25 August 2012

Film: Batman: Under The Red Hood (2010)

Thoughts: In 75 minutes, Under The Red Hood packs more action, more emotional resonance, more characters and more everything than any of the live-action films. Animation be damned, THIS is my favourite Batman film so far.

A new player has surfaced in Gotham City, and he seems to be taking down criminals with astounding speed and ferocity. He has adopted one of the Joker's old persona, known only as the Red Hood. The only problem with this new vigilante, is that he has no qualms with dispensing the harshest of judgements upon even the lowest level of criminal. Batman springs into action, as does master crime boss Black Mask, but both can't even seem to keep up with this immensely talented individual. As the body count rises on both sides, how far will Batman and Black Mask go to take down this mysterious new anti-hero, and just who exactly is this Red Hood? And more importantly, what will the truth mean for Batman?

Boasting an incredible roster of talent behind the mic, and culling from 3 separate but equally strong Batman comic tales; Under The Red Hood could have collapsed under the weight of expectation. But lo and behold, here I am extolling the virtues of all involved. Not only do the actors bring genuine weight to each and every character, but the story is one that maintains pace and interest for even those with the most basic of knowledge in the Batman universe. The material is handled expertly; parcels of information are released both during the quiet moments, and in the midst of some of the most impressively animated fights I have ever seen. And despite all this, there is a very human element that ribbons through the whole production; one that lays bare some of Batman's most human failings, and allows us an insight into his troubled psyche, and what makes him the man he is, flaws and all.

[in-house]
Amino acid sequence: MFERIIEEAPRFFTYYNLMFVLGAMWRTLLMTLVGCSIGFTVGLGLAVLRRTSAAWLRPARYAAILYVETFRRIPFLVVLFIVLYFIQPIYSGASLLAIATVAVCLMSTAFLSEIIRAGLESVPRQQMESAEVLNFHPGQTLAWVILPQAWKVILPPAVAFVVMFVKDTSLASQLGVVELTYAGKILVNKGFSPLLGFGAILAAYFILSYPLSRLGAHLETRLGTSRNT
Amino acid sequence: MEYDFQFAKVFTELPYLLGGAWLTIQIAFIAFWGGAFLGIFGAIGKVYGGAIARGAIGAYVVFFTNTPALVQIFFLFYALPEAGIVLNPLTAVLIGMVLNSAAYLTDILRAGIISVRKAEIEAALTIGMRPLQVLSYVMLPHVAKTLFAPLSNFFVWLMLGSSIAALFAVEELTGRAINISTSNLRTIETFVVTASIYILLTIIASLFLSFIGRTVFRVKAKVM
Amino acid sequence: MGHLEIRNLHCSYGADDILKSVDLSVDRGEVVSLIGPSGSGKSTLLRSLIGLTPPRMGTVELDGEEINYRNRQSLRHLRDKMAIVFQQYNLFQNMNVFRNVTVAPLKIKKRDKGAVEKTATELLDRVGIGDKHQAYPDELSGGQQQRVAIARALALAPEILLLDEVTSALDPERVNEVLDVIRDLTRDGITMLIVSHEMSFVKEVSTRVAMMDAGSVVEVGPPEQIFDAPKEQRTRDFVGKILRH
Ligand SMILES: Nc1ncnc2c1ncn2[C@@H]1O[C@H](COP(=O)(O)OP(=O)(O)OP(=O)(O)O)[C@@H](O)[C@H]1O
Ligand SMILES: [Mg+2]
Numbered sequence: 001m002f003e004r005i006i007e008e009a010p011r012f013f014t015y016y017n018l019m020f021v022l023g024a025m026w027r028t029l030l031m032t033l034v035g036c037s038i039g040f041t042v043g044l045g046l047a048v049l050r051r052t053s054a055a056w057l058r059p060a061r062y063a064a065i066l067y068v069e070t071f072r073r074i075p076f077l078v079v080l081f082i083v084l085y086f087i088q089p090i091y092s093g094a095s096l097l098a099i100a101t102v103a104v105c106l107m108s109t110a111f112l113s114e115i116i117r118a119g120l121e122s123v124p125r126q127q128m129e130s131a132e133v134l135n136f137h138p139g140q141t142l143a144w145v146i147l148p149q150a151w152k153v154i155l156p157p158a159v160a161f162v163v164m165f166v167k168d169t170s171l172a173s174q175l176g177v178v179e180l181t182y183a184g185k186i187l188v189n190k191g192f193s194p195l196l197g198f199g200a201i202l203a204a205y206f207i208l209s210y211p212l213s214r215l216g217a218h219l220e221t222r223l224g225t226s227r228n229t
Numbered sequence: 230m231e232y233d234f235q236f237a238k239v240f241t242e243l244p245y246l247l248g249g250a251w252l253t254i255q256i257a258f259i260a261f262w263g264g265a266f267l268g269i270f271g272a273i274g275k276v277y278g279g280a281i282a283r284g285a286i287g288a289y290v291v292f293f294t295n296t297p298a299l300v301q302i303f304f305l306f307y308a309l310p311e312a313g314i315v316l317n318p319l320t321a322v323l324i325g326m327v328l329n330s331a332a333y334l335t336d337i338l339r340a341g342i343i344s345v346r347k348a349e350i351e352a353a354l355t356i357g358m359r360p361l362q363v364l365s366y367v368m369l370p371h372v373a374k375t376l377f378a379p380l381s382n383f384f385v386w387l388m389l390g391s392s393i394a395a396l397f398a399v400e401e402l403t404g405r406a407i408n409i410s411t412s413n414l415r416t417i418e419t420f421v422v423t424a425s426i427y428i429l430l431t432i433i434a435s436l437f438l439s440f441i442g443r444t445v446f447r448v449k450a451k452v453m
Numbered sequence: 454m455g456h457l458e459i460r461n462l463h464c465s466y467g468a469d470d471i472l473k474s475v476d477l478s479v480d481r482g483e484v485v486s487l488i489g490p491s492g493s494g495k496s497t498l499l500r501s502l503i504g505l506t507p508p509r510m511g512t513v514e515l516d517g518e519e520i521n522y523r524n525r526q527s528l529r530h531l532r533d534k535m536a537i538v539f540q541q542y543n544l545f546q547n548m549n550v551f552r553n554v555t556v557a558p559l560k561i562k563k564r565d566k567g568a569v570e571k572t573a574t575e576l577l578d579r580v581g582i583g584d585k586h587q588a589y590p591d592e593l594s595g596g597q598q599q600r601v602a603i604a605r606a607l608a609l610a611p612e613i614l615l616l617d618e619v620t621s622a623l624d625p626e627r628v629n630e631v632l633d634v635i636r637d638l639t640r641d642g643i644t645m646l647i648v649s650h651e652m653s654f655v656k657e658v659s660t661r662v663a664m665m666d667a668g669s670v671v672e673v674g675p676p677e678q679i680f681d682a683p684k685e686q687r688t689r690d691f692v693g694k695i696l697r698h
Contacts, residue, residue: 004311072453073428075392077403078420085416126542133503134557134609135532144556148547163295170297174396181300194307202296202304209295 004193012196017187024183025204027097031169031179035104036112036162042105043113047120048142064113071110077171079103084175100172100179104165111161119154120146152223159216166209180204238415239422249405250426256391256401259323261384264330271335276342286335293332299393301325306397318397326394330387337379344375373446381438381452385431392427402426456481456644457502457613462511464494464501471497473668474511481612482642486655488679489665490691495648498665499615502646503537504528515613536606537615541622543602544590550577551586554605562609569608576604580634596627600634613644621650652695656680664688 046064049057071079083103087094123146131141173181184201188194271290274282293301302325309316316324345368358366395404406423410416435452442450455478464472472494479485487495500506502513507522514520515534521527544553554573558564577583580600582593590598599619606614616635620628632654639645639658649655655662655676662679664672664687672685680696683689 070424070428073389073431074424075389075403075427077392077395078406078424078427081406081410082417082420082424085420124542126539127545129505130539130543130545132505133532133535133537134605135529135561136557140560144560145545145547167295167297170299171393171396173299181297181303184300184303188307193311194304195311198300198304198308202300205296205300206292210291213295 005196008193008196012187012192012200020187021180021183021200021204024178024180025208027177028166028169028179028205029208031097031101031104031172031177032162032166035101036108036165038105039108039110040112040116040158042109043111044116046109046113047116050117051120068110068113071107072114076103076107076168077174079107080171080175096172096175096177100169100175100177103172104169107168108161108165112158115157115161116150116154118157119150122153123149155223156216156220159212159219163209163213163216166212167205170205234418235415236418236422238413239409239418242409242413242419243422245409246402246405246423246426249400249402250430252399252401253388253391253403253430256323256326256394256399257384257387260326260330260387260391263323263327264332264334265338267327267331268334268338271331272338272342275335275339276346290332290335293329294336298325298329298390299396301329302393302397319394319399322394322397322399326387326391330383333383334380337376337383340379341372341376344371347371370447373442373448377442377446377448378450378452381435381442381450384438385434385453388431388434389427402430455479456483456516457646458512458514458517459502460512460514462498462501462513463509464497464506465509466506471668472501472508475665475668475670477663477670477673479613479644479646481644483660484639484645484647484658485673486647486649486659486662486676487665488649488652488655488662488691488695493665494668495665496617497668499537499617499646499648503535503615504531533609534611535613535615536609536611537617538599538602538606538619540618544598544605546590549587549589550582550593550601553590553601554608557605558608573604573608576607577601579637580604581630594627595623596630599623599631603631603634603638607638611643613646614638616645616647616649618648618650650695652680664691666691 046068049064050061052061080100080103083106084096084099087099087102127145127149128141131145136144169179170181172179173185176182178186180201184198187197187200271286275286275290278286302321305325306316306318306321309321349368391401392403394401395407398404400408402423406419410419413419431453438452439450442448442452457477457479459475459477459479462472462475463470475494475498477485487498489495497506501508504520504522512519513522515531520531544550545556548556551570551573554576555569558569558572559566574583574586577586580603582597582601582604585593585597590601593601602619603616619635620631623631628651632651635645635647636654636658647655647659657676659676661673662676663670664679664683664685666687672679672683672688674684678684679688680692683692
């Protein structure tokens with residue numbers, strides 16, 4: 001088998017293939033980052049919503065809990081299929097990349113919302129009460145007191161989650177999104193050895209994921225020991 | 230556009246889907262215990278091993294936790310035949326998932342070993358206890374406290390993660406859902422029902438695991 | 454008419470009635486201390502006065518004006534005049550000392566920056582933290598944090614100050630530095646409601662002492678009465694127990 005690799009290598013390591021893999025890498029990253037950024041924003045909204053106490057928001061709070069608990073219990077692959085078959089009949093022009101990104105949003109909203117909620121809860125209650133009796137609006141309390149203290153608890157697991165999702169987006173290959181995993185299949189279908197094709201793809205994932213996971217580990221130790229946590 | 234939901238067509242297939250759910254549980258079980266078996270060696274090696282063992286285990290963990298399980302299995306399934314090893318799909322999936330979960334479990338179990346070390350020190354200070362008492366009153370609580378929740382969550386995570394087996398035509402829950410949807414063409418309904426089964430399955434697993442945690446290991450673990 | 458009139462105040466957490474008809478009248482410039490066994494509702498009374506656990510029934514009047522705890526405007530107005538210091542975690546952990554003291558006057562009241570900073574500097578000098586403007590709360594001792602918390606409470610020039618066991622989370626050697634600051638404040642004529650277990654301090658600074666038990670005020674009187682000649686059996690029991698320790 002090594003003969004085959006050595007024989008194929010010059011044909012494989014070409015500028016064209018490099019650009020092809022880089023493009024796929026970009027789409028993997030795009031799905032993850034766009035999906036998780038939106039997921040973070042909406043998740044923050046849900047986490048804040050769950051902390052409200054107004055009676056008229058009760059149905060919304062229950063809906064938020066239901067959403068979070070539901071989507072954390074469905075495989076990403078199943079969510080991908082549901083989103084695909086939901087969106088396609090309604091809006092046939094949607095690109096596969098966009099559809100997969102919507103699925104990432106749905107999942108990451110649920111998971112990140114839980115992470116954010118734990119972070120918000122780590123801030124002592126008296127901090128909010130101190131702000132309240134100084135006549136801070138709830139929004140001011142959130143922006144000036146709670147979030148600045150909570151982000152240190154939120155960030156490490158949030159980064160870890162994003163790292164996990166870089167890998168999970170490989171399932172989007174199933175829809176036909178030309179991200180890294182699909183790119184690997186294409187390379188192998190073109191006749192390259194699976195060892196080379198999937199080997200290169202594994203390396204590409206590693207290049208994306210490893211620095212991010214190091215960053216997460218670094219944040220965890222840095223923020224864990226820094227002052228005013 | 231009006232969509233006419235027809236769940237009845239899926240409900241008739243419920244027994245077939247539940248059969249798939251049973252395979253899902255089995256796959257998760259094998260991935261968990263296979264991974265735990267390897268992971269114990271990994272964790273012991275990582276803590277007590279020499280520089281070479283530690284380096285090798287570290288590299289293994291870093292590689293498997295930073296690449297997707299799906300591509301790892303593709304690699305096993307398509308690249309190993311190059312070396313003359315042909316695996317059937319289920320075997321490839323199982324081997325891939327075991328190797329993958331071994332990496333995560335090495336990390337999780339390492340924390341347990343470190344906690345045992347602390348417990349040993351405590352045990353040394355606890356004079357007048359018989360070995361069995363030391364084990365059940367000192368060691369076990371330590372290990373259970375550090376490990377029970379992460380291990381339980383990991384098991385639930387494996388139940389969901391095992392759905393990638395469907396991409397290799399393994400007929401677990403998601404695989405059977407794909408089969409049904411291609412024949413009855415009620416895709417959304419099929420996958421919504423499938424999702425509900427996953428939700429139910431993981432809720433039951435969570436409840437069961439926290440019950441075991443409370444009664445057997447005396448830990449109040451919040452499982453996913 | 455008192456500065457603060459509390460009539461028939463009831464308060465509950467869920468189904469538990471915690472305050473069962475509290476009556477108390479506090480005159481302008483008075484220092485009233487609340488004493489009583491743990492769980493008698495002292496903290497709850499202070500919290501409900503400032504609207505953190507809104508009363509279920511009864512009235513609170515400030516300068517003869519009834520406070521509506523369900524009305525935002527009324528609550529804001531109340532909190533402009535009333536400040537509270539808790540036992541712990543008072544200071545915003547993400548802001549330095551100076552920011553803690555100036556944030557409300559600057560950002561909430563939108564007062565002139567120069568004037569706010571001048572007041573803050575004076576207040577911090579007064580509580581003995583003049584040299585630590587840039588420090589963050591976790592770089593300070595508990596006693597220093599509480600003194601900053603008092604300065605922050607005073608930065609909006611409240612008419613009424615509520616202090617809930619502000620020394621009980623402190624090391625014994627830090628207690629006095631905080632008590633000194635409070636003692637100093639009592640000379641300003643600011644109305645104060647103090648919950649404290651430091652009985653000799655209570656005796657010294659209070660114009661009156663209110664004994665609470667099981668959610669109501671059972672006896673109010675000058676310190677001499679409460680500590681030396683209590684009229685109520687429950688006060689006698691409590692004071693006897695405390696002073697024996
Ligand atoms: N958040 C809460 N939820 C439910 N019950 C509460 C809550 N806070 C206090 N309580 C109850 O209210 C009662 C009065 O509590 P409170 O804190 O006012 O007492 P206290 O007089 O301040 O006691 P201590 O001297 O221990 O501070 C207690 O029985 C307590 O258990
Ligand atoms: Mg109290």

And the animation is superb, the kind that we come to expect from a proper DC in-house theatrical film. It has an almost anime-esque vibe to it, though not quite as much as the extra short film Jonah Hex provided on the blu-ray disc, though I'll get to that later. The character designs seem to carry weight, with Batman and Red Hood towering and compact respectively, but still impressively muscular. The Joker plays heavily story-wise, but is used rather peripherally, allowing Black Mask to spread his wings as the main crime boss of Gotham City. It's a nice change of pace and a breath of fresh air, offering us the chance to witness some rather unique methods employed by both the goodies and the baddies.

And back to the voice talent. Bruce Greenwood proves once agains that he's one of the best choices for Batman, and Jensen Ackles (Dean in Supernatural) gives Red Hood a very unique voice that is a bit jarring at first, but becomes quite fitting as the film continues. John DiMaggio (numerous The Simpsons voices, Bender from Futurama! You can really hear it too.) offers up a really different take on Joker; sure, the usual manic traits are there, but the character is approached quite differently, looking and sounding like a resigned, almost Death Of A Salesman/dishevelled James Stewart type of persona. Don't get me wrong, he's still a crazed lunatic, but the character version is really pretty interesting. You also have side players that are no less important, with Neil Patrick Harris, Jason Isaacs, Gary Cole, Kelly Hu and Wade Williams all throwing their hats into the ring.

Altogether, there is nothing better I could have asked for than Under The Red Hood to get that sour taste of The Dark Knight Rises from me. Definitely one to rewatch in the future.


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